Women have always gleaned information to improve their lives. We seek tastier recipes, cleaner bathrooms, more flattering clothes and better entertaining ideas. We want to arrange our cupboards, lower our food bill, travel abroad on dimes and raise amazing children.
To gather these ideas before the Internet, we might call friends, go to the library or buy a magazine.
If you couldn’t afford magazines, sitting in a waiting room wasn’t such an ordeal. Many times I scribbled ideas or recipes from those glossy promise-making missives on receipts in my purse. When I was really on the ball, I remembered paper and pen to capture brilliant, life-changing ideas.
The organized women would arrange their ideas in a clip file to tap into the inspiration when redecorating a room, choosing a menu for holiday dinner, or planning a child’s birthday-on-a-budget.
For years this re-purposed clip file has held all my promises of birthday success. Of course, we didn’t use the word repurpose back then, because it was a way of life and didn’t need a title. But, repurpose sounds better than stingy.
When I had enough change to buy a $1.09 women’s magazine, I’d read, reread, rip out the articles I wanted, and file them.
The kids painted and decorated these clothespin clowns and we’ve played Drop the Clothespins with them over 15 years.
And yes, I know that many of you saw this idea and have at least three ways to improve them. Go for it!
I loved the idea of including children’s books in the theme. A trip to the library can make it a themed birthday week, instead of just one day.
Need original gift wrapping ideas? Burlap and sea glass have been the craft material of choice by several generations.
As much as I loved the idea of making a beautiful cake, it rarely happened. Sometimes the clip file produced inspiration, other times guilt.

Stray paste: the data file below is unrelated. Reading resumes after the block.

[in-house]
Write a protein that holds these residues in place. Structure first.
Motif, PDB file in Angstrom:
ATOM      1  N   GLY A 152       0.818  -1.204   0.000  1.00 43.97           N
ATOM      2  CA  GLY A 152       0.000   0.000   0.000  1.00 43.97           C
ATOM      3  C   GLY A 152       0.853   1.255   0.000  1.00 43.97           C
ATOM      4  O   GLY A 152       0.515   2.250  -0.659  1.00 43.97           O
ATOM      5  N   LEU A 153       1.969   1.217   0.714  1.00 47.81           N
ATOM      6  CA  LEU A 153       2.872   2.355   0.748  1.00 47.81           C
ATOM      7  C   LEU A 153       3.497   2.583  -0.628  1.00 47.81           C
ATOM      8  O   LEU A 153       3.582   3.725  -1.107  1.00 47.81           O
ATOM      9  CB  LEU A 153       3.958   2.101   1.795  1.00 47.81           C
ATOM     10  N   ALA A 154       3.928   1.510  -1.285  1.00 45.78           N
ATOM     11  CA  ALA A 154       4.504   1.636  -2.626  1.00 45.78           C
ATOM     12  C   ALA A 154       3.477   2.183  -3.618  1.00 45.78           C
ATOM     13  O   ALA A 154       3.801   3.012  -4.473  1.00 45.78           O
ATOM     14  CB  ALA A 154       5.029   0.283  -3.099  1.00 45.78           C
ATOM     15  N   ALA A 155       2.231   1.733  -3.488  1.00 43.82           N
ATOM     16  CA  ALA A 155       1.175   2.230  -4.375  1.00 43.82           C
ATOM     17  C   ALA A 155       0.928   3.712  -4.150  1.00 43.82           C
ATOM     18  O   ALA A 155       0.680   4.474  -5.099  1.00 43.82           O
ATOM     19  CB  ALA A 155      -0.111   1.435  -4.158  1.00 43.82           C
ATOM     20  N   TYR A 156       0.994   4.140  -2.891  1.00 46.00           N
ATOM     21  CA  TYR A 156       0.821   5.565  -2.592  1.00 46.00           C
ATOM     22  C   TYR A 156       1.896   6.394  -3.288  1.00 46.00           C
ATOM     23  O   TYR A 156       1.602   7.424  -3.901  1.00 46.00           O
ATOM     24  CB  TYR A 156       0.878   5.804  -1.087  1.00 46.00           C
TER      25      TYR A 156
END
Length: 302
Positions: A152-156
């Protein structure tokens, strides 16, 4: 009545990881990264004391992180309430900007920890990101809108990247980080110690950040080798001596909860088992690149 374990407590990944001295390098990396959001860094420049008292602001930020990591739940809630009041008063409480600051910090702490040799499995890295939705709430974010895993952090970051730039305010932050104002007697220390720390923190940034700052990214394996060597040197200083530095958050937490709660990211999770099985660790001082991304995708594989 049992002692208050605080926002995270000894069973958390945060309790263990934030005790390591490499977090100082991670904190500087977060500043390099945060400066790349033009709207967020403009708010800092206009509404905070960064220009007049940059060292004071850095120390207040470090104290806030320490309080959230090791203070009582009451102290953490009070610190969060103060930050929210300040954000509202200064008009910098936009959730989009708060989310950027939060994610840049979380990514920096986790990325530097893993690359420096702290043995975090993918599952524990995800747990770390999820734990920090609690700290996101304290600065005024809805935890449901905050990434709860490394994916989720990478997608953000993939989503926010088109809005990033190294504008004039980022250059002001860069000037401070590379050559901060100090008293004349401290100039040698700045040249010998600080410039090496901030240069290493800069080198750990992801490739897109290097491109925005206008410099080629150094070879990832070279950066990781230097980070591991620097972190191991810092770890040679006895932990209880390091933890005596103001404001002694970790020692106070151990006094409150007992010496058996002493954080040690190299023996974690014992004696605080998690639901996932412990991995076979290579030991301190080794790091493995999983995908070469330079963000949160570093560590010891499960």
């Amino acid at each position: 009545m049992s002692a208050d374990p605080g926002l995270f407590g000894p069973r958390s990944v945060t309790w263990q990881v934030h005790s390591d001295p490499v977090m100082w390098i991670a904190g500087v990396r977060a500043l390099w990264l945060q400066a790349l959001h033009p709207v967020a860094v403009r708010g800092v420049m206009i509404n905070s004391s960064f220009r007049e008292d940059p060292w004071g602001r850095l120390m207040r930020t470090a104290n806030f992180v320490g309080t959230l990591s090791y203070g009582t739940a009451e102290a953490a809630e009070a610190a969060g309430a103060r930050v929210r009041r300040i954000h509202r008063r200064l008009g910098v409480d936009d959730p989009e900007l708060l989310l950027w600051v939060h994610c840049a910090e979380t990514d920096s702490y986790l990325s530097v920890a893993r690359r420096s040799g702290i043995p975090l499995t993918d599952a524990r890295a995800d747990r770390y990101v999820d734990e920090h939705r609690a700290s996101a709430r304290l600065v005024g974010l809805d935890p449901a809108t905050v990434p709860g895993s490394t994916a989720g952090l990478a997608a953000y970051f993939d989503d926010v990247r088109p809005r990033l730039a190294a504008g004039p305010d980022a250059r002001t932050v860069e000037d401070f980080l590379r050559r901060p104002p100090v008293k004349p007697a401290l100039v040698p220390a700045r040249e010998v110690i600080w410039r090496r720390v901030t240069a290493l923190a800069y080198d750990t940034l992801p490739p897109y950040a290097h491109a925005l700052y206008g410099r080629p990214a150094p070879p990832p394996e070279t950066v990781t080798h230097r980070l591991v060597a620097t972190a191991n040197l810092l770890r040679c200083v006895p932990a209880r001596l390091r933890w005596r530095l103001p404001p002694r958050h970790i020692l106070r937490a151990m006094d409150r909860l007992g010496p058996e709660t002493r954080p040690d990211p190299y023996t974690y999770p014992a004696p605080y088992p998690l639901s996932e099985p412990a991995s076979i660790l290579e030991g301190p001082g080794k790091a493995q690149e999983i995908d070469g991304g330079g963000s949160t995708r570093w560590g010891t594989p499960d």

Sound like Pinterest?
This would have been more my speed. Why didn’t I ever make this one? That’s right, we don’t like coconut.
Kids Magazine, Chickadee, provided a cute decorating idea, a paper chain to cut out and tape together.
After 30 years, it’s still unused in the file. I wonder if that’s today’s equivalent of a pin that never gets used or repinned.
Before treat bags, little goody cups were set at each place setting.
Like kids needed an extra cup of candy while gorging on cake, ice-cream and pop. Maybe treat bags were invented so the party-giving mom could send the extra sugar home with the kids.
Although we gather our information in different ways, every generation of women has had the same passion for their families, to make things beautiful, homey and organized, while saving money and resources. And each generation has allowed this information to make her feel guilty for all she isn’t doing in her home.
The explosion of social media has created a deeper level of unspoken pressure to be Super Woman. Instead of celebrating personal wins, we can become discouraged because we can’t or don’t do all the things other women are doing.
I call it the Pinterest Guilt Syndrome.
Trust me, the woman who turned her fruit into exotic flower creations for a healthy toddler snack, might have a pile of ironing the size of a a compact car. The woman who crafted an entire dollhouse out of upcycled items, might have two weeks of leftovers molding in her fridge. The woman who can whip up a dress out of a pillowcase, a man’s t-shirt or 42 ties, probably ordered pizza for dinner – again.
In the real world we each have a few areas that deserve a cape and other areas that need help. Let the explosion of input build you up and not tear you down.
Reuse the inspiration.
Refuse the guilt.